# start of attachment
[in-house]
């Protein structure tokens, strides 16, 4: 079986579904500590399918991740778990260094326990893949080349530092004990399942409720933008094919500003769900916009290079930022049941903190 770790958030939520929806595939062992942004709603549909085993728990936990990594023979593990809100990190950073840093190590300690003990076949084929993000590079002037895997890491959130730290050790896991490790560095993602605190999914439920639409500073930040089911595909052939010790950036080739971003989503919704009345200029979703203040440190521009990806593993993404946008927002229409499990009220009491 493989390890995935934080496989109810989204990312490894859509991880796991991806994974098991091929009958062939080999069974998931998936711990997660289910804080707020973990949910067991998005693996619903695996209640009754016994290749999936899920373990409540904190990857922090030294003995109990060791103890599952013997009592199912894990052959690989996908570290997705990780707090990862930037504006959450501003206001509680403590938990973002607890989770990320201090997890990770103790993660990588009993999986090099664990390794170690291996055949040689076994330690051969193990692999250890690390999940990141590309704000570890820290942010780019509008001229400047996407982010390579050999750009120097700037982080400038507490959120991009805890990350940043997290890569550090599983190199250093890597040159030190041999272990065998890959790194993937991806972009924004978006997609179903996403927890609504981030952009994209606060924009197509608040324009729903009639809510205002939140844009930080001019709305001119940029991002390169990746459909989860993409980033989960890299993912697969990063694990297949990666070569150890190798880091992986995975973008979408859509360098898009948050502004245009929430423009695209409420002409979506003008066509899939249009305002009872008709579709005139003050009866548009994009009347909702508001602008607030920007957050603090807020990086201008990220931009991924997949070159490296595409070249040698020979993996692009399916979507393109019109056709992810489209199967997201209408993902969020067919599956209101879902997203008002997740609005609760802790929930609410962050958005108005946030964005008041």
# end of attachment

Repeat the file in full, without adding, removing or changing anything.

[in-house]
């Protein structure tokens, strides 16, 4: 079986579904500590399918991740778990260094326990893949080349530092004990399942409720933008094919500003769900916009290079930022049941903190 770790958030939520929806595939062992942004709603549909085993728990936990990594023979593990809100990190950073840093190590300690003990076949084929993000590079002037895997890491959130730290050790896991490790560095993602605190999914439920639409500073930040089911595909052939010790950036080739971003989503919704009345200029979703203040440190521009990806593993993404946008927002229409499990009220009491 493989390890995935934080496989109810989204990312490894859509991880796991991806994974098991091929009958062939080999069974998931998936711990997660289910804080707020973990949910067991998005693996619903695996209640009754016994290749999936899920373990409540904190990857922090030294003995109990060791103890599952013997009592199912894990052959690989996908570290997705990780707090990862930037504006959450501003206001509680403590938990973002607890989770990320201090997890990770103790993660990588009993999986090099664990390794170690291996055949040689076994330690051969193990692999250890690390999940990141590309704000570890820290942010780019509008001229400047996407982010390579050999750009120097700037982080400038507490959120991009805890990350940043997290890569550090599983190199250093890597040159030190041999272990065998890959790194993937991806972009924004978006997609179903996403927890609504981030952009994209606060924009197509608040324009729903009639809510205002939140844009930080001019709305001119940029991002390169990746459909989860993409980033989960890299993912697969990063694990297949990666070569150890190798880091992986995975973008979408859509360098898009948050502004245009929430423009695209409420002409979506003008066509899939249009305002009872008709579709005139003050009866548009994009009347909702508001602008607030920007957050603090807020990086201008990220931009991924997949070159490296595409070249040698020979993996692009399916979507393109019109056709992810489209199967997201209408993902969020067919599956209101879902997203008002997740609005609760802790929930609410962050958005108005946030964005008041």